Should personal information be compromised, such that the notification obligations under section 22 are triggered, the notification template provides for specific information to be furnished to the IR including:
- Details of the responsible party and the Information Officer
- Details of the breach incident, including:
- The date of the incident;
- The date that the incident is reported to the IR; and
- An explanation for any delay in reporting the incident to the IR (if applicable).
- The type of security compromise (e.g. loss, damage, destruction and/or unlawful access or processing of personal information)
- A description of the incident
- The type of personal information compromised
- The number of data subjects affected by the incident
- The method of communication used to notify the affected data subjects
- Status of the compromise (either confirmed or alleged)
- Whether the notification of the data breach to the affected data subjects provides sufficient information to the data subject to allow them to implement measures against the potential consequences of the data breach
Additionally, the template requires responsible parties and information officers to sign the notification form making a declaration that the information presented in the notification is accurate and true.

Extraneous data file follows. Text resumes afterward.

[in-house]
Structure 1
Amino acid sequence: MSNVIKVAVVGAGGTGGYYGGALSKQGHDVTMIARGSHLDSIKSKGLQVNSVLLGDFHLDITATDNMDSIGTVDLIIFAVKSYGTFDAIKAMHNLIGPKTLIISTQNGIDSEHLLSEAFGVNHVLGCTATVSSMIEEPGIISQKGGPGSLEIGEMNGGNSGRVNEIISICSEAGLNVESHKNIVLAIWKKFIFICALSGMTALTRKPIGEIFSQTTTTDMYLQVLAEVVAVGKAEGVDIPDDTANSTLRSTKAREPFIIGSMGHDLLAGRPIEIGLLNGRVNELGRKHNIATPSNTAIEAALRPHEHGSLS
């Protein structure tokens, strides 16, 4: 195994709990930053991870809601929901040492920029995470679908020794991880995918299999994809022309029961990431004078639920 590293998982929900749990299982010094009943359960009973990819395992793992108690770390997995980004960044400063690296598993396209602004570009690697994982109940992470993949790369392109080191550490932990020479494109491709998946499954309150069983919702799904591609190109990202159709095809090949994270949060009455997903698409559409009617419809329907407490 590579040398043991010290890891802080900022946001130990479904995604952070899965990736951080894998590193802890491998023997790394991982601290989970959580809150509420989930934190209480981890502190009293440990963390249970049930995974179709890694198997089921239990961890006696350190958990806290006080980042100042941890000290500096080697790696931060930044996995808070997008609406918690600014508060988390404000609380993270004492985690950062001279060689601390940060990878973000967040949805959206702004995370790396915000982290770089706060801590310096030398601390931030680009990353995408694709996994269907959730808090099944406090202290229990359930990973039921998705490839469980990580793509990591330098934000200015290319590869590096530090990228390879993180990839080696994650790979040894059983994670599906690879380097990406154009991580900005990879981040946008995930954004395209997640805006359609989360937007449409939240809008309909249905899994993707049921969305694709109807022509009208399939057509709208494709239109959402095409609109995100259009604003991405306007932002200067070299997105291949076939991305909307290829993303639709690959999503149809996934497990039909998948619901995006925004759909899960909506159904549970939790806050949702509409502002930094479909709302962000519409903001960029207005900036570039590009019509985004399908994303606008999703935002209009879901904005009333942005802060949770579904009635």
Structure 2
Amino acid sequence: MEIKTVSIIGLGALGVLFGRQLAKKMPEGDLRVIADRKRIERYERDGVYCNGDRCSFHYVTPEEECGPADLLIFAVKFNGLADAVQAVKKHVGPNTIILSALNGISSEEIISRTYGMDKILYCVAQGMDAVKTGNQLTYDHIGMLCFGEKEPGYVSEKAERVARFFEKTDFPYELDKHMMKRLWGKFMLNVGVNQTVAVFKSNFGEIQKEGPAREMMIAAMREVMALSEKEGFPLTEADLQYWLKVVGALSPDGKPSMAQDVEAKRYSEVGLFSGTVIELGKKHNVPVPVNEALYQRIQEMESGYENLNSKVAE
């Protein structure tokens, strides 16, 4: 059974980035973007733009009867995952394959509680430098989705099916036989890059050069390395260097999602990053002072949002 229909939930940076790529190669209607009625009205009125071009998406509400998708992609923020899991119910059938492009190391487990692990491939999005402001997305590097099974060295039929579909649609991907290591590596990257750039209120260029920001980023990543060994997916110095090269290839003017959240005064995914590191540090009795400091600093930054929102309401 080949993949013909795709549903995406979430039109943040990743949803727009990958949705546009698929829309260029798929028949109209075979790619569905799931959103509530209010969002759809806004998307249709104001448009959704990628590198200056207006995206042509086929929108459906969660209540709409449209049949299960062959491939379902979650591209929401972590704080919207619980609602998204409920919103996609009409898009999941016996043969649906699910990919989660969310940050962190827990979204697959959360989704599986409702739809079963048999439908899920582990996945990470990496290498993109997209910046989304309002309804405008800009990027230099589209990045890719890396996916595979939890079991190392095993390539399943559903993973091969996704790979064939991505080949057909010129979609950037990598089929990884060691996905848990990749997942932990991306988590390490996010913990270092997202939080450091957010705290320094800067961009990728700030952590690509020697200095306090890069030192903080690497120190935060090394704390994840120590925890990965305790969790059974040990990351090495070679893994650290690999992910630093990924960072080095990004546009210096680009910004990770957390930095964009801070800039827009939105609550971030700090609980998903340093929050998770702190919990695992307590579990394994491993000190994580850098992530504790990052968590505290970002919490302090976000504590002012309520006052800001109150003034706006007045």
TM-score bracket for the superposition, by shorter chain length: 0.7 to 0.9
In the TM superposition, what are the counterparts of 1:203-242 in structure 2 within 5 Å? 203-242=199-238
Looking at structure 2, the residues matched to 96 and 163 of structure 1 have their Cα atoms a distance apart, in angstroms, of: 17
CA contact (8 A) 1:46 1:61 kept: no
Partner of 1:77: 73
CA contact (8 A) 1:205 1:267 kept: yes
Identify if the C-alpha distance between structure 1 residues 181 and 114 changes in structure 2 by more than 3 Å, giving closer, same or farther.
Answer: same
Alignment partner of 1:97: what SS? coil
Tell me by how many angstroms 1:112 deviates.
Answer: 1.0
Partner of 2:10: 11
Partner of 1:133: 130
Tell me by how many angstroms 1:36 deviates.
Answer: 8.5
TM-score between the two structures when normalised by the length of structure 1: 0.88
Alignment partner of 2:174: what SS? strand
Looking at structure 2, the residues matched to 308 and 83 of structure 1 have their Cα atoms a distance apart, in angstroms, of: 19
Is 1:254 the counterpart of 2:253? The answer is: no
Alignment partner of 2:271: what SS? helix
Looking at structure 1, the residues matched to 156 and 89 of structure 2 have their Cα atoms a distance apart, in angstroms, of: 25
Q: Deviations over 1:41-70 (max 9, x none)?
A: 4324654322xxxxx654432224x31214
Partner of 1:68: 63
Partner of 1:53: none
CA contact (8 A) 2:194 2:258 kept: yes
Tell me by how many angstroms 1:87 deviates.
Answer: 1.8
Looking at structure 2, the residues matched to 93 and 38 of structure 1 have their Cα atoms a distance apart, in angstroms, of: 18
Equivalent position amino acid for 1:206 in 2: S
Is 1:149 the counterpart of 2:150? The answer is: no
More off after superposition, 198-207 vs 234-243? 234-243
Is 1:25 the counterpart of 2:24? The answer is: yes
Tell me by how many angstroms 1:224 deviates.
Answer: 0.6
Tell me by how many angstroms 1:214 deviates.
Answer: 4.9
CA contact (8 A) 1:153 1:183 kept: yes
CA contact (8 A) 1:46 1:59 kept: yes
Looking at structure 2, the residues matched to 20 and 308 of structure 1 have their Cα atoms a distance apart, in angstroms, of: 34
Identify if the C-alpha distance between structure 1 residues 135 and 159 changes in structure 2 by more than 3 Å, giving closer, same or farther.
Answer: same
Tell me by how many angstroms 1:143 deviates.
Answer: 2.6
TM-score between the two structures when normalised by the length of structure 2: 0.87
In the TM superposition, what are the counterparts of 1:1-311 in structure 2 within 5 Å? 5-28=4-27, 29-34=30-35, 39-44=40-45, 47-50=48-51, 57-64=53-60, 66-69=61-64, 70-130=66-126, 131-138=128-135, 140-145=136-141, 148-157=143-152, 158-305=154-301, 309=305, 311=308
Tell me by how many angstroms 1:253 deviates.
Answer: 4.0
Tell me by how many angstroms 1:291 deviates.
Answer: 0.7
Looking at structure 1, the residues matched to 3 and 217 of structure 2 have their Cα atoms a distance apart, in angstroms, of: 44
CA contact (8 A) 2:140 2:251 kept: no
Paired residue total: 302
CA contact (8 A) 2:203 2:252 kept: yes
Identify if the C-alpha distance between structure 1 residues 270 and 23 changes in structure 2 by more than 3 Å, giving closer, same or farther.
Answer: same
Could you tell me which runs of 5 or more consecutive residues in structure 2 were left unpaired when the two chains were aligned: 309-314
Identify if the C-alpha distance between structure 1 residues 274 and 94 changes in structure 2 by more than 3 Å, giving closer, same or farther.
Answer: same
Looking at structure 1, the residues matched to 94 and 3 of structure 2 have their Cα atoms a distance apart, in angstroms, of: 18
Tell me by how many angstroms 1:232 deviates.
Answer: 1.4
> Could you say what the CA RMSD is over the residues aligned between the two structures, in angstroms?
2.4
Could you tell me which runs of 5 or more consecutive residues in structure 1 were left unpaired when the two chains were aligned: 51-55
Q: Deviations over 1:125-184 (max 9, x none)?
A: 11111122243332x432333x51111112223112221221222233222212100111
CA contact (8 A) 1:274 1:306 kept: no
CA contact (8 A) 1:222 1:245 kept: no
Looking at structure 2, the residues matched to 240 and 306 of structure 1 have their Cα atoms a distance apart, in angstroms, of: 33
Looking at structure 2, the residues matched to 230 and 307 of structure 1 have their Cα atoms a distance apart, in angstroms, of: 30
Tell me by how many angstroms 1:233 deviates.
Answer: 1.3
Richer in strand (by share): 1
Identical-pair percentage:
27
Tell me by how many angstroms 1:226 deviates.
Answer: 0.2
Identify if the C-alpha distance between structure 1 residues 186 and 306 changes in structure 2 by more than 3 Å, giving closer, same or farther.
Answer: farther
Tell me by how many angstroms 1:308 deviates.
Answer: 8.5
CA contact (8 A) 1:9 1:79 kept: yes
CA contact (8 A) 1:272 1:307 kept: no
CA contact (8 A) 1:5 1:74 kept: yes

The guidelines provide an explanation on the use of the notification template and a step-by-step process to be followed when completing and submitting the notification.
The critical question to consider is,would a data breach be notifiable under section 22 of POPIA, with this section providing for the standard to be applied in making this determination. The incident must have resulted in there being “reasonable grounds” for the responsible party to believe that personal information for which it is responsible was either accessed or acquired by an unauthorised person. These terms are not specifically defined under POPIA and therefore their ordinary meanings apply. Whether personal information was accessed or acquired by a person who is ‘unauthorised’ will depend on the specific facts and circumstances of each breach incident.
Data breaches can occur in many ways including unauthorised use of or access to personal information or due to accidental loss, hacking or theft. Data breaches can also occur either by physical or electronic means and includes many instances of negligence or erroneous data processing, such as where an employee accidentally forwards an email which contains personal information to unintended recipients outside of the organisation who should not receive such data. It would also include breaches which may occur outside of South Africa, but which involve personal information protected under POPIA.
It is also worth emphasising that if a data breach is notifiable under POPIA, then the responsible party is obliged to notify all affected data subjects in accordance with the requirements set out in section 22 of POPIA.
Non-compliance with section 22 is considered an “interference with the protection of personal information” under section 73 of POPIA. As a result, this may prompt an investigation by the IR and could ultimately attract penalties or administrative fines.